As BYU-Idaho stays focused on students, it wants students to focus on their education, and not just for two-thirds of the year.
This past February, President’s Council approved the adoption of “flex semester” as the official name for what has become known as a student’s “off-track semester.” University leaders hope this name change encourages more students to consider options for progressing towards their educational goals during their “flex semester.”
Institutional Planning Managing Director Aaron Sanns says BYU-Idaho previously encouraged students to leave Rexburg when they were not enrolled in classes.
“We came up with the term “off-track” on purpose because we didn’t want students to be engaged year-round—we did not have the resources for it,” Sanns said. “Our online program wasn’t built at the time and applied learning opportunities weren’t as plentiful or robust at the time.”
But with more options available through student employment, the Rexburg Business and Development Center, Applied Learning, and online courses, Sanns hopes the terminology change will encourage a cultural shift that encourages students to never take their eyes off of their academic pursuits.
Students receiving their acceptance letters this spring are already receiving their track assignments with the new terminology.
Students will now be assigned tracks with the following terminology:
• Spring/Fall Track with Winter Flex Semester
• Fall/Winter Track with Spring Flex Semester
• Winter/Spring Track with Fall Flex Semester
In 2001, when Ricks College became the four-year university we know today, it could not accommodate the number of students that wanted to be in Rexburg every semester.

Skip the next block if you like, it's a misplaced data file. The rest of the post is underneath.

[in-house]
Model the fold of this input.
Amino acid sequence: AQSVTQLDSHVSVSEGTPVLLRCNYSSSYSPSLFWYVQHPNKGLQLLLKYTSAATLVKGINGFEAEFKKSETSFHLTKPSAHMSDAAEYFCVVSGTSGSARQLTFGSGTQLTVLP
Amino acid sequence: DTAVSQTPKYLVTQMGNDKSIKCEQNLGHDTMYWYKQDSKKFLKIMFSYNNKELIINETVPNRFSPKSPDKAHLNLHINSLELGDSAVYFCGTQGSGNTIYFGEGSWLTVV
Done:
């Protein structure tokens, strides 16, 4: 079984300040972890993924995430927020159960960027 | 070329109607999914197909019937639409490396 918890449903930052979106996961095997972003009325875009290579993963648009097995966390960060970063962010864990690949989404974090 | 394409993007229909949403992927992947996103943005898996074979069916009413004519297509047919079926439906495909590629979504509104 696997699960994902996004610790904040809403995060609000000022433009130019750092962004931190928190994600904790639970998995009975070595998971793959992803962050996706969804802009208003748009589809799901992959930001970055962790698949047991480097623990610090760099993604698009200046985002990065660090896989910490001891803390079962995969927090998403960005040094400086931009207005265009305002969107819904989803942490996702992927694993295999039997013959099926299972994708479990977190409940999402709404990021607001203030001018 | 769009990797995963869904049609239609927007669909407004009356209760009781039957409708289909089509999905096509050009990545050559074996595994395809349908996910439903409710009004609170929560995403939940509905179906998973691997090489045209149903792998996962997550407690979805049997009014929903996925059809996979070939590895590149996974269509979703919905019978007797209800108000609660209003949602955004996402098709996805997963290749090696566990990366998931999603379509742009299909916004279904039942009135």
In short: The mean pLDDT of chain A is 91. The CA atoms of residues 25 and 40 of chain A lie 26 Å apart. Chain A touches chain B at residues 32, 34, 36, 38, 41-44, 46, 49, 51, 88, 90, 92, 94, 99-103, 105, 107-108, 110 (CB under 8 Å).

“Now we can accommodate more students on campus and online. We don’t want everyone to enroll on campus full-time on their flex semester, but there are more options to stay here,” Sanns said. “We want students to think about flexible options as opposed to just working in unrelated jobs or relaxing.”
It currently takes the average BYU-Idaho student 11.3 on-track semesters to graduate. If the average student takes classes only two semesters a year, it will take them almost six years to earn a bachelor’s degree (also known as a four-year degree).
“We want our students to finish in fewer semesters and in fewer years—in four years instead of five or six,” Sanns said.
“We want to keep students engaged all year, and hopefully they will have a richer experience and graduate faster. They will graduate with more marketable skills if they are engaged during their flex semester.”
The faster a student graduates, the more money is saved too. BYU-Idaho and its biggest donor, The Church of Jesus Christ of Latter-day Saints, will find savings, but the biggest financial beneficiary to graduating faster is the student.
“Students don’t just save money and time in their twenties, they start earning for retirement earlier and gain another year or two over their 40-year career. That’s a lot of potential earning in 40 years,” Sanns said.